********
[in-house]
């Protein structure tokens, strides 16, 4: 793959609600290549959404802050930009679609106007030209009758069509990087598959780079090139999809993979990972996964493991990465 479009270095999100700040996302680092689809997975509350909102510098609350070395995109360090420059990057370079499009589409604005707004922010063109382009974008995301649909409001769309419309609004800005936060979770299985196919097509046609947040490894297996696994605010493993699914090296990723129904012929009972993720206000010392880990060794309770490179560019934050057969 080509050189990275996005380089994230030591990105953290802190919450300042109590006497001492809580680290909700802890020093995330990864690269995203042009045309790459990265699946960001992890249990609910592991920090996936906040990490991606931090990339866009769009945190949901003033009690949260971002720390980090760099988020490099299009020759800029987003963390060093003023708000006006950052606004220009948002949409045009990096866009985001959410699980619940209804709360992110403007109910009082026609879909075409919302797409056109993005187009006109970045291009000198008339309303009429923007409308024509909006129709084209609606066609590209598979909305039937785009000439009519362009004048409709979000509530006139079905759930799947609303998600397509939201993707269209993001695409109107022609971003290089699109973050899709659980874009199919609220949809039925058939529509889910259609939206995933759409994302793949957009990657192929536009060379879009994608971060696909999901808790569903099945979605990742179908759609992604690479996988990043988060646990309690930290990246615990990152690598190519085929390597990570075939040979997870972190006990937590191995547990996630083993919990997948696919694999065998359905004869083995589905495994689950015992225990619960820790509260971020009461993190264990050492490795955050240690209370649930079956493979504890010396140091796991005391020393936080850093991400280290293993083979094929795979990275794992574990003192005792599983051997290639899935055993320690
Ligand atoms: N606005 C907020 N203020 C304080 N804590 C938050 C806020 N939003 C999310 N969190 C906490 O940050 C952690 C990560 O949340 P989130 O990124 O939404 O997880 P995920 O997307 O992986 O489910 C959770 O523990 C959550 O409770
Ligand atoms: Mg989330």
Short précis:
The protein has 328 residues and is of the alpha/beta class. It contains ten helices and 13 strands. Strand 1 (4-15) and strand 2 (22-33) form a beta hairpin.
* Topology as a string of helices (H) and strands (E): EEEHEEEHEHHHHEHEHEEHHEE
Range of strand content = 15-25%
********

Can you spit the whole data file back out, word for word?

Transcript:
[in-house]
């Protein structure tokens, strides 16, 4: 793959609600290549959404802050930009679609106007030209009758069509990087598959780079090139999809993979990972996964493991990465 479009270095999100700040996302680092689809997975509350909102510098609350070395995109360090420059990057370079499009589409604005707004922010063109382009974008995301649909409001769309419309609004800005936060979770299985196919097509046609947040490894297996696994605010493993699914090296990723129904012929009972993720206000010392880990060794309770490179560019934050057969 080509050189990275996005380089994230030591990105953290802190919450300042109590006497001492809580680290909700802890020093995330990864690269995203042009045309790459990265699946960001992890249990609910592991920090996936906040990490991606931090990339866009769009945190949901003033009690949260971002720390980090760099988020490099299009020759800029987003963390060093003023708000006006950052606004220009948002949409045009990096866009985001959410699980619940209804709360992110403007109910009082026609879909075409919302797409056109993005187009006109970045291009000198008339309303009429923007409308024509909006129709084209609606066609590209598979909305039937785009000439009519362009004048409709979000509530006139079905759930799947609303998600397509939201993707269209993001695409109107022609971003290089699109973050899709659980874009199919609220949809039925058939529509889910259609939206995933759409994302793949957009990657192929536009060379879009994608971060696909999901808790569903099945979605990742179908759609992604690479996988990043988060646990309690930290990246615990990152690598190519085929390597990570075939040979997870972190006990937590191995547990996630083993919990997948696919694999065998359905004869083995589905495994689950015992225990619960820790509260971020009461993190264990050492490795955050240690209370649930079956493979504890010396140091796991005391020393936080850093991400280290293993083979094929795979990275794992574990003192005792599983051997290639899935055993320690
Ligand atoms: N606005 C907020 N203020 C304080 N804590 C938050 C806020 N939003 C999310 N969190 C906490 O940050 C952690 C990560 O949340 P989130 O990124 O939404 O997880 P995920 O997307 O992986 O489910 C959770 O523990 C959550 O409770
Ligand atoms: Mg989330």
Short précis:
The protein has 328 residues and is of the alpha/beta class. It contains ten helices and 13 strands. Strand 1 (4-15) and strand 2 (22-33) form a beta hairpin.
* Topology as a string of helices (H) and strands (E): EEEHEEEHEHHHHEHEHEEHHEE
Range of strand content = 15-25%